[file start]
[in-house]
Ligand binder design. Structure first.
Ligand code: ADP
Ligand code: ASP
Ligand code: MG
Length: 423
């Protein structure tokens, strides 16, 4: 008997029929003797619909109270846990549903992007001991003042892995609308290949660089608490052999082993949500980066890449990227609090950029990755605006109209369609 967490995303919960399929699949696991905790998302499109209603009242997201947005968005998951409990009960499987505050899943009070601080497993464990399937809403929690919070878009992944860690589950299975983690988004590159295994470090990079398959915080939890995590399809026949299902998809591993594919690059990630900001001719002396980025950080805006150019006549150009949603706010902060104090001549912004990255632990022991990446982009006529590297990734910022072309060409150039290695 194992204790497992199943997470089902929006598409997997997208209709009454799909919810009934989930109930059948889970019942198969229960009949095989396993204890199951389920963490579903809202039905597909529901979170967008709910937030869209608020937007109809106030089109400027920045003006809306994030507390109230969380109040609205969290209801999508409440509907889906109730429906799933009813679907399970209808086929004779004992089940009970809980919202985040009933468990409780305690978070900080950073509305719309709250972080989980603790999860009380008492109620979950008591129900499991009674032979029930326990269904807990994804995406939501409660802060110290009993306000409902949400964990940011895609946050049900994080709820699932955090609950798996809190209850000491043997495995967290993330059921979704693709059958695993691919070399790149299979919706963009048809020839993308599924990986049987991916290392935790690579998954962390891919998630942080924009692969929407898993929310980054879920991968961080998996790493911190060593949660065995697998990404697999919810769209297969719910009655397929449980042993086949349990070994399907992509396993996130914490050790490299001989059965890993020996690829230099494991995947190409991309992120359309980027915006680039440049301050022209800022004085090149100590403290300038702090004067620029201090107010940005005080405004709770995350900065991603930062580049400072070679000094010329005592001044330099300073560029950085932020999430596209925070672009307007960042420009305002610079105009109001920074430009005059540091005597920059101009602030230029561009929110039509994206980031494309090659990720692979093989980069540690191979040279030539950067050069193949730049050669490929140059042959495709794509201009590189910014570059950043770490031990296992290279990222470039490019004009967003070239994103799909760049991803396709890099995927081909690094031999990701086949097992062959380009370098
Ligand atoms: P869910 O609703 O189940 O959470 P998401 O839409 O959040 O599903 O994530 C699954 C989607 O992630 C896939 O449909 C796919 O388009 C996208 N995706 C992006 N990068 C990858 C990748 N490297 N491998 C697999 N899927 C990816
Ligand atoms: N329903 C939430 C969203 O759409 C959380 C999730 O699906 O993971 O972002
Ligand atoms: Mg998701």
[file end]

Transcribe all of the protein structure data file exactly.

[in-house]
Ligand binder design. Structure first.
Ligand code: ADP
Ligand code: ASP
Ligand code: MG
Length: 423
């Protein structure tokens, strides 16, 4: 008997029929003797619909109270846990549903992007001991003042892995609308290949660089608490052999082993949500980066890449990227609090950029990755605006109209369609 967490995303919960399929699949696991905790998302499109209603009242997201947005968005998951409990009960499987505050899943009070601080497993464990399937809403929690919070878009992944860690589950299975983690988004590159295994470090990079398959915080939890995590399809026949299902998809591993594919690059990630900001001719002396980025950080805006150019006549150009949603706010902060104090001549912004990255632990022991990446982009006529590297990734910022072309060409150039290695 194992204790497992199943997470089902929006598409997997997208209709009454799909919810009934989930109930059948889970019942198969229960009949095989396993204890199951389920963490579903809202039905597909529901979170967008709910937030869209608020937007109809106030089109400027920045003006809306994030507390109230969380109040609205969290209801999508409440509907889906109730429906799933009813679907399970209808086929004779004992089940009970809980919202985040009933468990409780305690978070900080950073509305719309709250972080989980603790999860009380008492109620979950008591129900499991009674032979029930326990269904807990994804995406939501409660802060110290009993306000409902949400964990940011895609946050049900994080709820699932955090609950798996809190209850000491043997495995967290993330059921979704693709059958695993691919070399790149299979919706963009048809020839993308599924990986049987991916290392935790690579998954962390891919998630942080924009692969929407898993929310980054879920991968961080998996790493911190060593949660065995697998990404697999919810769209297969719910009655397929449980042993086949349990070994399907992509396993996130914490050790490299001989059965890993020996690829230099494991995947190409991309992120359309980027915006680039440049301050022209800022004085090149100590403290300038702090004067620029201090107010940005005080405004709770995350900065991603930062580049400072070679000094010329005592001044330099300073560029950085932020999430596209925070672009307007960042420009305002610079105009109001920074430009005059540091005597920059101009602030230029561009929110039509994206980031494309090659990720692979093989980069540690191979040279030539950067050069193949730049050669490929140059042959495709794509201009590189910014570059950043770490031990296992290279990222470039490019004009967003070239994103799909760049991803396709890099995927081909690094031999990701086949097992062959380009370098
Ligand atoms: P869910 O609703 O189940 O959470 P998401 O839409 O959040 O599903 O994530 C699954 C989607 O992630 C896939 O449909 C796919 O388009 C996208 N995706 C992006 N990068 C990858 C990748 N490297 N491998 C697999 N899927 C990816
Ligand atoms: N329903 C939430 C969203 O759409 C959380 C999730 O699906 O993971 O972002
Ligand atoms: Mg998701």